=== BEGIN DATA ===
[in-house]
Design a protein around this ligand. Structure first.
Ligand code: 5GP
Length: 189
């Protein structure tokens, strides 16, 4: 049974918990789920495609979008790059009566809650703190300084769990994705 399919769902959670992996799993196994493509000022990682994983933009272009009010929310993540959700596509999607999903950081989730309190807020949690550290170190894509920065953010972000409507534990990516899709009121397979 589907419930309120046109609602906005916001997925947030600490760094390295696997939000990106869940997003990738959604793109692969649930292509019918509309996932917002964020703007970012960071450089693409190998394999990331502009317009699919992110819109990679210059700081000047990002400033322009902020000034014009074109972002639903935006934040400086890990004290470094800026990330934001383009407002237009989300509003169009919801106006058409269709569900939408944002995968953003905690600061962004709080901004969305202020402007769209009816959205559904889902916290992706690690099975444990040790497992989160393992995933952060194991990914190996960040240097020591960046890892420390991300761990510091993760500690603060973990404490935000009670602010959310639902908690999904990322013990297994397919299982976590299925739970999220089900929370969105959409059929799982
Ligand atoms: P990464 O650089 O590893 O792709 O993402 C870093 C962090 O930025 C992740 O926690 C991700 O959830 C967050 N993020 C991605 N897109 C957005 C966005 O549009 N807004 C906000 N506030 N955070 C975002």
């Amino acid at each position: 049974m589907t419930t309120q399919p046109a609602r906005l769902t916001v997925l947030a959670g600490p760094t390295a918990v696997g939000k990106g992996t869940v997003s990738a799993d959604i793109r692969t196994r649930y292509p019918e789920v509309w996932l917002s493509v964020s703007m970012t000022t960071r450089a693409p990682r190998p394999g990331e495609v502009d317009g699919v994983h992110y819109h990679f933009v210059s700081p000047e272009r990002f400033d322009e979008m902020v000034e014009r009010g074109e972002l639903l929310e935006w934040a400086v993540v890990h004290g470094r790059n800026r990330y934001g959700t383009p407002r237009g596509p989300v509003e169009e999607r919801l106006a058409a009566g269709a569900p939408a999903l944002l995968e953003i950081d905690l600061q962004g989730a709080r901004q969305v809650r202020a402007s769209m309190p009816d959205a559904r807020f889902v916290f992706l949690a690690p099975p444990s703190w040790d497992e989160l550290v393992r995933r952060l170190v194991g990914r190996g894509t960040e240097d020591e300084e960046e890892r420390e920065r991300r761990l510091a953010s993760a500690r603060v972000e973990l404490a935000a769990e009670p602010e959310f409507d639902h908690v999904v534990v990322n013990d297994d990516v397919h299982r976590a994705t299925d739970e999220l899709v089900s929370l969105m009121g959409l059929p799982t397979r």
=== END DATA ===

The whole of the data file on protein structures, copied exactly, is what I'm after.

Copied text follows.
[in-house]
Design a protein around this ligand. Structure first.
Ligand code: 5GP
Length: 189
């Protein structure tokens, strides 16, 4: 049974918990789920495609979008790059009566809650703190300084769990994705 399919769902959670992996799993196994493509000022990682994983933009272009009010929310993540959700596509999607999903950081989730309190807020949690550290170190894509920065953010972000409507534990990516899709009121397979 589907419930309120046109609602906005916001997925947030600490760094390295696997939000990106869940997003990738959604793109692969649930292509019918509309996932917002964020703007970012960071450089693409190998394999990331502009317009699919992110819109990679210059700081000047990002400033322009902020000034014009074109972002639903935006934040400086890990004290470094800026990330934001383009407002237009989300509003169009919801106006058409269709569900939408944002995968953003905690600061962004709080901004969305202020402007769209009816959205559904889902916290992706690690099975444990040790497992989160393992995933952060194991990914190996960040240097020591960046890892420390991300761990510091993760500690603060973990404490935000009670602010959310639902908690999904990322013990297994397919299982976590299925739970999220089900929370969105959409059929799982
Ligand atoms: P990464 O650089 O590893 O792709 O993402 C870093 C962090 O930025 C992740 O926690 C991700 O959830 C967050 N993020 C991605 N897109 C957005 C966005 O549009 N807004 C906000 N506030 N955070 C975002």
């Amino acid at each position: 049974m589907t419930t309120q399919p046109a609602r906005l769902t916001v997925l947030a959670g600490p760094t390295a918990v696997g939000k990106g992996t869940v997003s990738a799993d959604i793109r692969t196994r649930y292509p019918e789920v509309w996932l917002s493509v964020s703007m970012t000022t960071r450089a693409p990682r190998p394999g990331e495609v502009d317009g699919v994983h992110y819109h990679f933009v210059s700081p000047e272009r990002f400033d322009e979008m902020v000034e014009r009010g074109e972002l639903l929310e935006w934040a400086v993540v890990h004290g470094r790059n800026r990330y934001g959700t383009p407002r237009g596509p989300v509003e169009e999607r919801l106006a058409a009566g269709a569900p939408a999903l944002l995968e953003i950081d905690l600061q962004g989730a709080r901004q969305v809650r202020a402007s769209m309190p009816d959205a559904r807020f889902v916290f992706l949690a690690p099975p444990s703190w040790d497992e989160l550290v393992r995933r952060l170190v194991g990914r190996g894509t960040e240097d020591e300084e960046e890892r420390e920065r991300r761990l510091a953010s993760a500690r603060v972000e973990l404490a935000a769990e009670p602010e959310f409507d639902h908690v999904v534990v990322n013990d297994d990516v397919h299982r976590a994705t299925d739970e999220l899709v089900s929370l969105m009121g959409l059929p799982t397979r």